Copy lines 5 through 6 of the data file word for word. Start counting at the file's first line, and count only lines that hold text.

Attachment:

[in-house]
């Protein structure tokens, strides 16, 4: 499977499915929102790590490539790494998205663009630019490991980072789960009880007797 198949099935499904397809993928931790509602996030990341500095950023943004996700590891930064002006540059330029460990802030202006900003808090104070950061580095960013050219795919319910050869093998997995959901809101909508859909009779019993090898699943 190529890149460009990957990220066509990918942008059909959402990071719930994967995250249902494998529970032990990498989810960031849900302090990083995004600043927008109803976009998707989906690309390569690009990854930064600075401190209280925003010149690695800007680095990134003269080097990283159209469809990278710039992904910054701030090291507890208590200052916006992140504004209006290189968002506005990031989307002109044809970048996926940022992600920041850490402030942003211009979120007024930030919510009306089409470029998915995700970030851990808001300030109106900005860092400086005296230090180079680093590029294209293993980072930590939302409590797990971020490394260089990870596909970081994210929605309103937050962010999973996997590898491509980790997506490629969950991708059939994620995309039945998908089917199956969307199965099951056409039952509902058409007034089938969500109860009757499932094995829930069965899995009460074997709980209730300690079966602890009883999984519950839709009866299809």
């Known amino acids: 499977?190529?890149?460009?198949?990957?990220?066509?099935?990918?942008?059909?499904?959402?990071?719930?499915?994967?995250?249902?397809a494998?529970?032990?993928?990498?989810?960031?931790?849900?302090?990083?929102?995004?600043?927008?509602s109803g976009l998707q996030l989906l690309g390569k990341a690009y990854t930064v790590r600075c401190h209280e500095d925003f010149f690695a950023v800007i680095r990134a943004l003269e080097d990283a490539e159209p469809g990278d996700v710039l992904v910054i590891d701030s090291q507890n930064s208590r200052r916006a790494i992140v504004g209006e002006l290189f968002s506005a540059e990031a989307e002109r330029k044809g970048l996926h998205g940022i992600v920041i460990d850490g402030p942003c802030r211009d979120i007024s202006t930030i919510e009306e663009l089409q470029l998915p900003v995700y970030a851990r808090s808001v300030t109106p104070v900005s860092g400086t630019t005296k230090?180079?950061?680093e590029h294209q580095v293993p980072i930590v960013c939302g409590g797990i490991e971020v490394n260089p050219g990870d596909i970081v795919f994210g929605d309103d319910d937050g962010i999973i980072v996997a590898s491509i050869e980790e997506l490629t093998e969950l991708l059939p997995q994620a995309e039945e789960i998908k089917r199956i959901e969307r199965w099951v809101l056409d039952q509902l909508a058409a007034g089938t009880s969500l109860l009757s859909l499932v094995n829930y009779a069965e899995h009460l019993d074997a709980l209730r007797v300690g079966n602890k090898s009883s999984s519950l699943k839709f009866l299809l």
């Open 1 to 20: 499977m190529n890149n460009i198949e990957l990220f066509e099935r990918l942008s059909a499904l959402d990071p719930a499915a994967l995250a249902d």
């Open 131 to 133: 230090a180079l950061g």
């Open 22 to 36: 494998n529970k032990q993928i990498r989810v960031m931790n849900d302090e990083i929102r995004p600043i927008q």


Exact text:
């Open 131 to 133: 230090a180079l950061g």
């Open 22 to 36: 494998n529970k032990q993928i990498r989810v960031m931790n849900d302090e990083i929102r995004p600043i927008q």